The final designs are expected to be completed in early 2016 with construction starting shortly afterwards with a goal of finishing the downtown reach of the creek in time for the city’s 300th anniversary celebrations in May 2018. Funding the balance of the project, which has risen to more than $200 million, remains under discussion with City officials as they review projects for inclusion on the 2017 City Bond.
The name change from Hemisfair Park to Hemisfair was the least of the developments at the former site of the 1968 World’s Fair. The October opening of Yanaguana Garden exceeded all expectations for the four-acre urban playscape and park, and by December more than 100,000 visitors had come to play. Hemisfair officials also announced the selection of developer David Adelman’s AREA Real Estate, as their choice to build a multi-story residential building and adjacent parking garage next to Yanaguana Garden. Officials also predicted they will select a sole finalist for redevelopment of the northwestern corner of the park by early 2016.
A deeply polarized Congress finally passed a 2016 budget in December after lengthy negotiations with Obama administration officials, which included $130 million for the new federal courthouse on West Nueva Street, a major project which had been delayed for five years. The funding opens the way for future redevelopment of the federal courthouse complex on Hemisfair’s southern flank,which will become City property once the new courthouse is constructed on a square block the City has swapped with the federal government.
CPS Energy to Hire New CEO
Praised as a highly-effective leader of CPS Energy, then-outgoing President and CEO Doyle Beneby was offered an eleventh-hour compensation package by the public utility to try to lure him to stay in October. Ultimately, he declined the confidential offer and left to work with the Chicago-based New Generation Power International (NGPI), which named him as its new CEO in September.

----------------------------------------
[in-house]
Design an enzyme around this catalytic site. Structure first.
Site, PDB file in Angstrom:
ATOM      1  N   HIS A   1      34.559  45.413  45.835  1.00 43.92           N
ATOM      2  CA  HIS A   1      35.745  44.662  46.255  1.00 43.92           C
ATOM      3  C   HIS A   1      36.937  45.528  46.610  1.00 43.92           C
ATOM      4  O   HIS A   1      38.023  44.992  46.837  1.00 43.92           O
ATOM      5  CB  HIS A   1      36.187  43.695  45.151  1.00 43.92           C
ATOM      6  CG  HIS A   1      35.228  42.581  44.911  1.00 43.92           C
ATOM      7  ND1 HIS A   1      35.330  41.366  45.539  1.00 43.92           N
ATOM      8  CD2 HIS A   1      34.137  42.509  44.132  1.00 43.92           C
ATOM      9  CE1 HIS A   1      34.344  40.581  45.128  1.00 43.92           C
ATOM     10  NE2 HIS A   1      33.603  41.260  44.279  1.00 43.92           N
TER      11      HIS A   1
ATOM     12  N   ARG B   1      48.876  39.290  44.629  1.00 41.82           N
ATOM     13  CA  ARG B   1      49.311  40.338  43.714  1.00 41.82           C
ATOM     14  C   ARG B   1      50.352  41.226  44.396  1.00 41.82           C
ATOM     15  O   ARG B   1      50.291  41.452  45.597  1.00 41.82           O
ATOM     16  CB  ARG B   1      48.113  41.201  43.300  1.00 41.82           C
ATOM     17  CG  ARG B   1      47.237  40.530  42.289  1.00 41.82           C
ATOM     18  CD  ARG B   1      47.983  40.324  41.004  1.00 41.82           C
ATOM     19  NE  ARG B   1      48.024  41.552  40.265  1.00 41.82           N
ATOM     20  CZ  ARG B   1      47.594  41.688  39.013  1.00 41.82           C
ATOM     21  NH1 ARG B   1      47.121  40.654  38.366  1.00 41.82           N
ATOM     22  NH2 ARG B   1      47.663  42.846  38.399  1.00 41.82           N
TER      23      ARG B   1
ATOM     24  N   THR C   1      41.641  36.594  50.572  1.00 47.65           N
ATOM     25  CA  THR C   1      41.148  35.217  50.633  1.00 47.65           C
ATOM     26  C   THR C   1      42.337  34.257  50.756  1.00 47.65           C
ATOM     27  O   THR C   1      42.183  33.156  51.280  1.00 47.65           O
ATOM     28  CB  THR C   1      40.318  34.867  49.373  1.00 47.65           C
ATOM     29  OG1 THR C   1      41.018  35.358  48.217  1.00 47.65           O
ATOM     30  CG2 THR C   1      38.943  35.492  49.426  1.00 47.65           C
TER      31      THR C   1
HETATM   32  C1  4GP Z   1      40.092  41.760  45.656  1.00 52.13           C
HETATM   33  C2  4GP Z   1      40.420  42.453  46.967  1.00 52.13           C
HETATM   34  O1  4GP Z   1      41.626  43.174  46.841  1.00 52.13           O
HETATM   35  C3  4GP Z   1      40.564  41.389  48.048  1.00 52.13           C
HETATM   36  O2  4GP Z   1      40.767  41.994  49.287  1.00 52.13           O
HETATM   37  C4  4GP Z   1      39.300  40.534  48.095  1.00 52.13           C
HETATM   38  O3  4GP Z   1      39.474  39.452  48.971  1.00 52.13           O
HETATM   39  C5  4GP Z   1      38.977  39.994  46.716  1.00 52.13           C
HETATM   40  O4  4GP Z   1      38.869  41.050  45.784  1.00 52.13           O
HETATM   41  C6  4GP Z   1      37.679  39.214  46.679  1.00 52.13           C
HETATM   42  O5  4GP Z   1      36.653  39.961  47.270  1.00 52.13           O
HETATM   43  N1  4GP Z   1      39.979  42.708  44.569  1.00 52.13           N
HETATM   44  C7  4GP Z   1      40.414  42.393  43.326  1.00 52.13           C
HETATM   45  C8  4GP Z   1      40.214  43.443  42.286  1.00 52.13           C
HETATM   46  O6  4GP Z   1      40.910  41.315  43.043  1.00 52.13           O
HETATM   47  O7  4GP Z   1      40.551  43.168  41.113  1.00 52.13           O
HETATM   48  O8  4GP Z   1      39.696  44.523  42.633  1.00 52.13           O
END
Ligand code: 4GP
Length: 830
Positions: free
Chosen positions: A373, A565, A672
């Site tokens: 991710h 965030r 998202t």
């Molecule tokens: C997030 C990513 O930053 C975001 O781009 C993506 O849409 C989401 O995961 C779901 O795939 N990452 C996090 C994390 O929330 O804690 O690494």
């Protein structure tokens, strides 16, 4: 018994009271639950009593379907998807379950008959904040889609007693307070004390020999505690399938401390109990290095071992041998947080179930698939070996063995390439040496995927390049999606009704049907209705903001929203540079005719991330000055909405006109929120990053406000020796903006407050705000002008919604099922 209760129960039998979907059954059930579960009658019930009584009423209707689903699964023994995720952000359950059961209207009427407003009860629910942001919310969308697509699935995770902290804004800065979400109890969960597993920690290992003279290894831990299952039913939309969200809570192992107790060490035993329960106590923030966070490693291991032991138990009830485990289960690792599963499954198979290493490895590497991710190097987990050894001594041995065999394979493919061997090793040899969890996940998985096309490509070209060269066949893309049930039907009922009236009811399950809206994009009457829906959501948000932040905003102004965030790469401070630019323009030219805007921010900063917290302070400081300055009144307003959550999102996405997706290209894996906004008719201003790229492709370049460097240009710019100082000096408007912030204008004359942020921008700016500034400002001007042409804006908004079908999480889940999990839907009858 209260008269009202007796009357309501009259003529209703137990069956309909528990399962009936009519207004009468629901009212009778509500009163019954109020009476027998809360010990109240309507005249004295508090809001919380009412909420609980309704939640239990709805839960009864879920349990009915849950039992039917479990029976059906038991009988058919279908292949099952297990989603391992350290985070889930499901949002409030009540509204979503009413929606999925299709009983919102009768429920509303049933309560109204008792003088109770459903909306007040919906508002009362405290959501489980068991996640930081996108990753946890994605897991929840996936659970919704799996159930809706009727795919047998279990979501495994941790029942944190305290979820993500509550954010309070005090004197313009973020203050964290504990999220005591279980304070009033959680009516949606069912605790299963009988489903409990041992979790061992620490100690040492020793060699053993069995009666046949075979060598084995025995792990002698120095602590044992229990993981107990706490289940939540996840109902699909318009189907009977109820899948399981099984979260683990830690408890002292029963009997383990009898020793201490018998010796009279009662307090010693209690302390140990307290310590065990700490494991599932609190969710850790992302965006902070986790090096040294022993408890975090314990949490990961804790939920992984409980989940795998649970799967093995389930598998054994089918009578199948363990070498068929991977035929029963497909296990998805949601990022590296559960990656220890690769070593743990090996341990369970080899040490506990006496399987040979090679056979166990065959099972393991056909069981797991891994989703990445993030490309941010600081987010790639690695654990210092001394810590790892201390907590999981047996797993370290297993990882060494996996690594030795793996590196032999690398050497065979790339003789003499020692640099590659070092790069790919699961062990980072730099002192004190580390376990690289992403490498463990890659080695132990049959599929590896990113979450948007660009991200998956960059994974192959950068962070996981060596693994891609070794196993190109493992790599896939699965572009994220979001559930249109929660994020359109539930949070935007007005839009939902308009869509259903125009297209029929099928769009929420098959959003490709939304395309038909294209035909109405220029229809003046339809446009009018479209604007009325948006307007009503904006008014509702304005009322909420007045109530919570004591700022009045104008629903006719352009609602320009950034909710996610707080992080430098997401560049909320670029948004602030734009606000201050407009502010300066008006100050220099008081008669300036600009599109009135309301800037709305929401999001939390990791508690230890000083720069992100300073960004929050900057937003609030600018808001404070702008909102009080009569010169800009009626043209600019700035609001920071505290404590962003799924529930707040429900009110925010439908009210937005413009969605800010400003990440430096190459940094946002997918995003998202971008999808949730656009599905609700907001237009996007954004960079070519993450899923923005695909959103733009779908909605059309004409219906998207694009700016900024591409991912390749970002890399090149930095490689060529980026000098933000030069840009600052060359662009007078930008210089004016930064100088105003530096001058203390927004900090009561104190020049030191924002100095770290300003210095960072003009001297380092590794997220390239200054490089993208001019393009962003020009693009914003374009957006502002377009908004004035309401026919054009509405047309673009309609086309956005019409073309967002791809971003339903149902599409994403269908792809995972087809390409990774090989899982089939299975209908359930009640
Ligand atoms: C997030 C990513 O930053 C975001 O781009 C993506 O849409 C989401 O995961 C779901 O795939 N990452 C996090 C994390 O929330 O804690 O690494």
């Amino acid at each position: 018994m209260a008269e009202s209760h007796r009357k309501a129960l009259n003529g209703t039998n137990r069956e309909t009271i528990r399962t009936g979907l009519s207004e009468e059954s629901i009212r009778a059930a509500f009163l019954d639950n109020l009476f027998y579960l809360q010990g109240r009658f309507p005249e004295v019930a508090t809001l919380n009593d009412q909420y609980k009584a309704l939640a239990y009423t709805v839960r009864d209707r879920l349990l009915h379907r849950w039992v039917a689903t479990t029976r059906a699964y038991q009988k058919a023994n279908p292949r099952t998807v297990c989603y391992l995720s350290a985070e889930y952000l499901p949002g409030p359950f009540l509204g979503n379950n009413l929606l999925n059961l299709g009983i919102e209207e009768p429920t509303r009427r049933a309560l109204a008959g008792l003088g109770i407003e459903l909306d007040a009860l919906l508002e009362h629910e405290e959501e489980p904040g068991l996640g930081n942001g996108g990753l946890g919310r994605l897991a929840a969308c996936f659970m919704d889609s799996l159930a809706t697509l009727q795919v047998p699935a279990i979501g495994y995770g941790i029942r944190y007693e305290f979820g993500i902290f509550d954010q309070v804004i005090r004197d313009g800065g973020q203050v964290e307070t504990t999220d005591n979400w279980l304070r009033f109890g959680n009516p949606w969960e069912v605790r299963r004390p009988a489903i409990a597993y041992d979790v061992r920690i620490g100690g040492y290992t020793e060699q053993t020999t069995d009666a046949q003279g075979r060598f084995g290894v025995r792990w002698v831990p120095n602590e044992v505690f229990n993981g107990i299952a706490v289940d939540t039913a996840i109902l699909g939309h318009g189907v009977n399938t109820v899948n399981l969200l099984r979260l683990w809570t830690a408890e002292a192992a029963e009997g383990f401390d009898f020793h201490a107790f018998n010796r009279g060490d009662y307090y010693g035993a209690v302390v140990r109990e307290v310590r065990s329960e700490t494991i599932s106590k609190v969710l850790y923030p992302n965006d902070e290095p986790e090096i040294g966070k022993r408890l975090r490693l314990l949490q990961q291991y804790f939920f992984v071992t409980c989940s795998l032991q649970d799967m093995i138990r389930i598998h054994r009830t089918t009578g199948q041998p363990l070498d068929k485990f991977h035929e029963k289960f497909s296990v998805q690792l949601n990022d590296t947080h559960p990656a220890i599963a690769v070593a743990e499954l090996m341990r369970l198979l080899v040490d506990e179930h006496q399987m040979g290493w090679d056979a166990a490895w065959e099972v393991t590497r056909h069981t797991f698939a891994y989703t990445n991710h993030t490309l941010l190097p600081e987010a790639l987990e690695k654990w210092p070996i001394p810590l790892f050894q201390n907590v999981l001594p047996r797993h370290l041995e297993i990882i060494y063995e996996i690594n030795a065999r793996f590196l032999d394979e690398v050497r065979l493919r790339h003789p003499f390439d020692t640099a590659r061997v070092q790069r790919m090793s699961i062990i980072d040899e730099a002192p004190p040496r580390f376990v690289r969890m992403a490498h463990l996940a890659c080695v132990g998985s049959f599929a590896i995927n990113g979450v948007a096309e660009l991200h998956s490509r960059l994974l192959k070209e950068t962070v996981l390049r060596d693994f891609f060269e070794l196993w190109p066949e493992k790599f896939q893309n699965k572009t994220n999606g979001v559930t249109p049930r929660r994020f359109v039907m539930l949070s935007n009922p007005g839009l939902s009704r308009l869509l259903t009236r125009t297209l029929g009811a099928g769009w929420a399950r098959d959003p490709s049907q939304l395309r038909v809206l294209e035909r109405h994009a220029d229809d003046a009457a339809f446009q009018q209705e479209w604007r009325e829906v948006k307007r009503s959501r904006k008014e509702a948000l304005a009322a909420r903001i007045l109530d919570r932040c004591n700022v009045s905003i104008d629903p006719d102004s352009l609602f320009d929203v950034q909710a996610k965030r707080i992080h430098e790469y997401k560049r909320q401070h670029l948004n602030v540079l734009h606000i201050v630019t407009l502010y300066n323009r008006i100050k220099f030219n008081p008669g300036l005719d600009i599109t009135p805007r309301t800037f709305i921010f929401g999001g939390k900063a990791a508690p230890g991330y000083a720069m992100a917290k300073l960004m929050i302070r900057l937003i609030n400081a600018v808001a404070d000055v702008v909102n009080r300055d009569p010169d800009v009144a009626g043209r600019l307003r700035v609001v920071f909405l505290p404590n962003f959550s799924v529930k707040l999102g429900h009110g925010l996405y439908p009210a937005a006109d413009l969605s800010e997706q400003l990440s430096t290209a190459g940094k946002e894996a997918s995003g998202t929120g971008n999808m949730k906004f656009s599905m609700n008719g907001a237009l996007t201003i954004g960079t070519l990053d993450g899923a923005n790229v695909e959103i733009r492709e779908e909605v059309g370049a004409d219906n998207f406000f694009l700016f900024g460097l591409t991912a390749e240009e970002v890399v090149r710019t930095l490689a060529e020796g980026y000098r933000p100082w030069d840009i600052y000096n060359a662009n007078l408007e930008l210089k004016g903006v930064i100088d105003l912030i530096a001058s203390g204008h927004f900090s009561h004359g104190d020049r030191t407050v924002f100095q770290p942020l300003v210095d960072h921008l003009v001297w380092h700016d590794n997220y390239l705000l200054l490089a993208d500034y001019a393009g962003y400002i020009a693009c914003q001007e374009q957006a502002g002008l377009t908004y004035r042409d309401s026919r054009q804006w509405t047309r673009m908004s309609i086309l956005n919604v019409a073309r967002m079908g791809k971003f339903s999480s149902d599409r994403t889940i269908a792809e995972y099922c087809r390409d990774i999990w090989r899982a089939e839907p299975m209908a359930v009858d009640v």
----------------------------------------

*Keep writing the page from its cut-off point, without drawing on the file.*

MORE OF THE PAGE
Beneby handed over the reigns to interim CEO Paula Gold-Williams on Nov. 1 and the CPS Energy Board is currently negotiating with one unnamed candidate to become the next CEO.
SAWS Customers Get a Rate Increase, Vista Ridge Project Continues
After a controversial water report reignited the debate over the Vista Ridge water pipeline, SAWS officials found themselves again defending the public utility and City Council’s decision to move forward with funding the project through incremental rate increases. The project was unanimously approved by Council in October 2014 and the 2016-2017 rate increases approved in November 2015 will, in part, start to pay for the 142-mile pipeline as well as fund sewer infrastructure improvements and the first phase of SAWS’ brackish water desalination project.
Rates are projected to increase 7.5% in 2016 and 7.9% in 2017. The new rates, along with a hotly debated new rate structure aimed at promoting conservation, will take effect on Jan. 1. Opponents to the rate structure and increase protested the vote, saying it disproportionately effected low-income customers.
Councilman Ron Nirenberg (D8), among others, vowed to keep tabs on the Vista Ridge project’s progress and finances as Abengoa Sociedad Anónima (SA), the Spanish renewable energy and engineering conglomerate, filed for protection from its creditors in Madrid.